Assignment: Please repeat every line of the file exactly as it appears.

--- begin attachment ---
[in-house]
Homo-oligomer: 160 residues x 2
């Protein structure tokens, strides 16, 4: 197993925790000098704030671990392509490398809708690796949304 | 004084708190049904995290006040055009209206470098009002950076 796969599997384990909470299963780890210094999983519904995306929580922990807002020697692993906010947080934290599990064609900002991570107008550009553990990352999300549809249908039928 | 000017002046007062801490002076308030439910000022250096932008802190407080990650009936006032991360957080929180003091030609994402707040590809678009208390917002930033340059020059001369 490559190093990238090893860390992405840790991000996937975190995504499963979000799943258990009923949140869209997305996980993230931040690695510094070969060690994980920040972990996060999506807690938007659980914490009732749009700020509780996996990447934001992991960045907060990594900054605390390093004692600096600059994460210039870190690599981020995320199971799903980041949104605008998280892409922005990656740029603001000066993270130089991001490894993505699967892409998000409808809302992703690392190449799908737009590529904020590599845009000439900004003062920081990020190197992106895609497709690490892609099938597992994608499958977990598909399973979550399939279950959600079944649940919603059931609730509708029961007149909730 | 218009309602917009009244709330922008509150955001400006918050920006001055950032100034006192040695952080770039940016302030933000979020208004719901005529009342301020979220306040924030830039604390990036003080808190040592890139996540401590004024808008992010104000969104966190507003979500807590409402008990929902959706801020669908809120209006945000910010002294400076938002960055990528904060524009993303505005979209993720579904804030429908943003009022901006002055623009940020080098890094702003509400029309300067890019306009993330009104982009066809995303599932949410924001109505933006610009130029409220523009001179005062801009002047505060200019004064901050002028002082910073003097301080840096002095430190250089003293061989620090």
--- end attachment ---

[in-house]
Homo-oligomer: 160 residues x 2
């Protein structure tokens, strides 16, 4: 197993925790000098704030671990392509490398809708690796949304 | 004084708190049904995290006040055009209206470098009002950076 796969599997384990909470299963780890210094999983519904995306929580922990807002020697692993906010947080934290599990064609900002991570107008550009553990990352999300549809249908039928 | 000017002046007062801490002076308030439910000022250096932008802190407080990650009936006032991360957080929180003091030609994402707040590809678009208390917002930033340059020059001369 490559190093990238090893860390992405840790991000996937975190995504499963979000799943258990009923949140869209997305996980993230931040690695510094070969060690994980920040972990996060999506807690938007659980914490009732749009700020509780996996990447934001992991960045907060990594900054605390390093004692600096600059994460210039870190690599981020995320199971799903980041949104605008998280892409922005990656740029603001000066993270130089991001490894993505699967892409998000409808809302992703690392190449799908737009590529904020590599845009000439900004003062920081990020190197992106895609497709690490892609099938597992994608499958977990598909399973979550399939279950959600079944649940919603059931609730509708029961007149909730 | 218009309602917009009244709330922008509150955001400006918050920006001055950032100034006192040695952080770039940016302030933000979020208004719901005529009342301020979220306040924030830039604390990036003080808190040592890139996540401590004024808008992010104000969104966190507003979500807590409402008990929902959706801020669908809120209006945000910010002294400076938002960055990528904060524009993303505005979209993720579904804030429908943003009022901006002055623009940020080098890094702003509400029309300067890019306009993330009104982009066809995303599932949410924001109505933006610009130029409220523009001179005062801009002047505060200019004064901050002028002082910073003097301080840096002095430190250089003293061989620090």